As a younger man he had regularly donated sperm to a specific sperm bank in order to make some cash. Due to a clerical error, more than 500 of his samples have been used to impregnate different women . He is now the proud daddy of 533 kids and 152 of them are suing to get his identity revealed.

At first David is appalled and hires a friend (Bertrand) to represent him legally. That friend is also a dad, although his kids basically don’t EVER listen to him and treat him like a jungle gym more than anything else. His friend, the scruffiest barrister ever looks on this as an opportunity to argue a groundbreaking case, maybe the only one he’ll ever have.

After initial reluctance, he begins to look at the profiles of his now-adult children. He tells himself it will be just once. When that child turns out to be a superstar soccer player, David is ecstatic. It becomes like a drug, looking in on his kids and surreptitiously inserting himself into their lives as a kind of guardian angel. Gradually David grows to realize this might be the opportunity to prove himself that he can improve himself that he was looking for.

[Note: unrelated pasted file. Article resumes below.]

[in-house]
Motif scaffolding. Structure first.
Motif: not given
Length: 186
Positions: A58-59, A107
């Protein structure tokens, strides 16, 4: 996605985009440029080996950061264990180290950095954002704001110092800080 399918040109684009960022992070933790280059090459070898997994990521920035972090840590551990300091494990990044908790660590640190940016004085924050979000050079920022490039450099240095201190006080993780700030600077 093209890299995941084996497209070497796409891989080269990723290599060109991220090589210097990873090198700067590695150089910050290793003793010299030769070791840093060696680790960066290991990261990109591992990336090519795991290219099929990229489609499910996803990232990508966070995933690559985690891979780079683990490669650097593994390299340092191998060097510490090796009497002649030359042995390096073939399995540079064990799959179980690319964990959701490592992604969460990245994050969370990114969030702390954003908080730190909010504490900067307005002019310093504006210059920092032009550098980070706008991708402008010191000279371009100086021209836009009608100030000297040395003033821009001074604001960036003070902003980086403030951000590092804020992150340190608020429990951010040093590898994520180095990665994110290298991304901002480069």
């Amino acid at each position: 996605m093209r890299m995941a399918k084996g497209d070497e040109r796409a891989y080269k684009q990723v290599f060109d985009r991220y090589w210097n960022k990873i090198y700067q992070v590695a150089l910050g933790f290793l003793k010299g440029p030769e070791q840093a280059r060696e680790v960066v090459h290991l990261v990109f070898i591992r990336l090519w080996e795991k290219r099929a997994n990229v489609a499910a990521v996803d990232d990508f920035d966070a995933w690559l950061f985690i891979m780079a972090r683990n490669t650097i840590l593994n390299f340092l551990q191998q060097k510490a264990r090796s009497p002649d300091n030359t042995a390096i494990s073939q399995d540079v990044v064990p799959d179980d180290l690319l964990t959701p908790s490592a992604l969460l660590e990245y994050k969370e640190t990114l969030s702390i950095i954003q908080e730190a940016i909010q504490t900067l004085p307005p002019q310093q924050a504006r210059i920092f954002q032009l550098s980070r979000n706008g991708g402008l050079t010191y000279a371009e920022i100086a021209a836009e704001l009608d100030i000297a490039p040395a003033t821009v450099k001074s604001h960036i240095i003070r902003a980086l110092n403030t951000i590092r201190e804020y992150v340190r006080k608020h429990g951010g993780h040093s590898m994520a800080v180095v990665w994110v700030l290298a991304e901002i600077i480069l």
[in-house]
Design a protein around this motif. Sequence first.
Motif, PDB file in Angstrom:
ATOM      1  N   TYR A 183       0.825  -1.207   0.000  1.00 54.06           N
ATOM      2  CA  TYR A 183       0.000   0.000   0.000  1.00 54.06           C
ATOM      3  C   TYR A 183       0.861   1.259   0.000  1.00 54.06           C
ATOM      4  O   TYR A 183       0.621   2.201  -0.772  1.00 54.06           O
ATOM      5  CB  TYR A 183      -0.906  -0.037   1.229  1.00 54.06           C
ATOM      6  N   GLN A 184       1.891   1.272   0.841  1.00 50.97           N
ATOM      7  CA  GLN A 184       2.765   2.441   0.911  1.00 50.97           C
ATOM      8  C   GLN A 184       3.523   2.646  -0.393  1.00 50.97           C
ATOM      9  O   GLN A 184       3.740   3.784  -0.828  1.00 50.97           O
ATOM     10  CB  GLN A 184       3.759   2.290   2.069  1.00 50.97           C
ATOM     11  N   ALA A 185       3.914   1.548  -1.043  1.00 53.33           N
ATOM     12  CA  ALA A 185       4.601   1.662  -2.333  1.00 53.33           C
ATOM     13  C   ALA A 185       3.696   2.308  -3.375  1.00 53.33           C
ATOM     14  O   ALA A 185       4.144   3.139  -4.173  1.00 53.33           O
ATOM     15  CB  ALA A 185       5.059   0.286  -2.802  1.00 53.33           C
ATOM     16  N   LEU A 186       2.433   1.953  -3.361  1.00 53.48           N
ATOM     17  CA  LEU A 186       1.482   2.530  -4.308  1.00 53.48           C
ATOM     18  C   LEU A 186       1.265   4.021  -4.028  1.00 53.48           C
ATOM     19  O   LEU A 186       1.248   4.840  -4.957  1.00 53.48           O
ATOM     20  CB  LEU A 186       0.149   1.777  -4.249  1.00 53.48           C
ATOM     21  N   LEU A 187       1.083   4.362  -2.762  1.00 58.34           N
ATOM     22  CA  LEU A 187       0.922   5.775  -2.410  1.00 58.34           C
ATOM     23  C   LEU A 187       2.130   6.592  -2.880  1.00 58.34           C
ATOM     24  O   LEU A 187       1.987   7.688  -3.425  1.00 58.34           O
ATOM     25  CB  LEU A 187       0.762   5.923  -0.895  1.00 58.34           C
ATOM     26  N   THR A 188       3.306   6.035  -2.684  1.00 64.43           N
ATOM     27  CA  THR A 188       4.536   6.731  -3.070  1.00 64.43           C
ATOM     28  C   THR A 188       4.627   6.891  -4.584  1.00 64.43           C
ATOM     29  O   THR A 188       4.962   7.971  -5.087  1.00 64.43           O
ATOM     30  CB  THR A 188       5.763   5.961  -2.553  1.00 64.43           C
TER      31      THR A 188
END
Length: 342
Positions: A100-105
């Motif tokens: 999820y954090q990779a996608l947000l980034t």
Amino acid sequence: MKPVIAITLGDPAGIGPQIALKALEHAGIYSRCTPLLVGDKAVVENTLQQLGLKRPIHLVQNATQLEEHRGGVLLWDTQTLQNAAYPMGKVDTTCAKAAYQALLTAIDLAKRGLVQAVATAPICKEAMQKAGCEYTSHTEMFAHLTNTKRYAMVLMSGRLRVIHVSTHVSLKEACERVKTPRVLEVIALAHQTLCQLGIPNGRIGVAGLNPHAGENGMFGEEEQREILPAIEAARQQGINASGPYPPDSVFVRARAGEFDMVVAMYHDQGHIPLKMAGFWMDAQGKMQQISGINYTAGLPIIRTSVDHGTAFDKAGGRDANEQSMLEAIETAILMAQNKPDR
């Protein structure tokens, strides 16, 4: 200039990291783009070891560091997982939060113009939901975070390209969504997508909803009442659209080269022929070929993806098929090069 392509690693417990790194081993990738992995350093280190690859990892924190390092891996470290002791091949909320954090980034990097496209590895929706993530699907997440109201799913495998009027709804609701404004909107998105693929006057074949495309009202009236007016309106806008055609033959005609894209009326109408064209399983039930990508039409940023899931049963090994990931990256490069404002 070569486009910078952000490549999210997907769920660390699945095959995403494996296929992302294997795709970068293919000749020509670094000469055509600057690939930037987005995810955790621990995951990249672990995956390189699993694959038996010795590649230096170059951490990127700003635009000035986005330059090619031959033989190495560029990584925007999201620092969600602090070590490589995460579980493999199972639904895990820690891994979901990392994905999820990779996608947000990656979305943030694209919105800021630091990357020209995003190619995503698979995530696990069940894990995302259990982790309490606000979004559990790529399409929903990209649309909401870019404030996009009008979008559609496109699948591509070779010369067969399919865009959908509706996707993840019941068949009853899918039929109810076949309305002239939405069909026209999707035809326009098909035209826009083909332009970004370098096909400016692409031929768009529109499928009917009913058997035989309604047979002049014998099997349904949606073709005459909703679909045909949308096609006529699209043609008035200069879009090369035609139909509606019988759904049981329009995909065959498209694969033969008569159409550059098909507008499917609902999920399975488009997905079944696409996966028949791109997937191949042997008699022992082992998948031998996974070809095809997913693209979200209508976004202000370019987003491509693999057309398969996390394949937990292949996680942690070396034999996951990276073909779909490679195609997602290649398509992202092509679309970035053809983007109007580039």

The movie has a profound charm to it and a kind of scruffy sense of humor. It is sweet at unexpected moments, sometimes tugging the heartstrings without warning. Huard is given a much more layered and complex role than at first it appears – David is certainly a slacker of epic proportions but he also has an amazing heart – his father tells him in one of the most affecting scenes in the movie “I never have to worry because everyone loves you.” In short, one of those rare dads who recognizes that there are different standard of success in life than the ones he measures himself by. It truly is one of the most difficult parts of being a parent – understanding that your definition of success may not be what your child is looking for in life.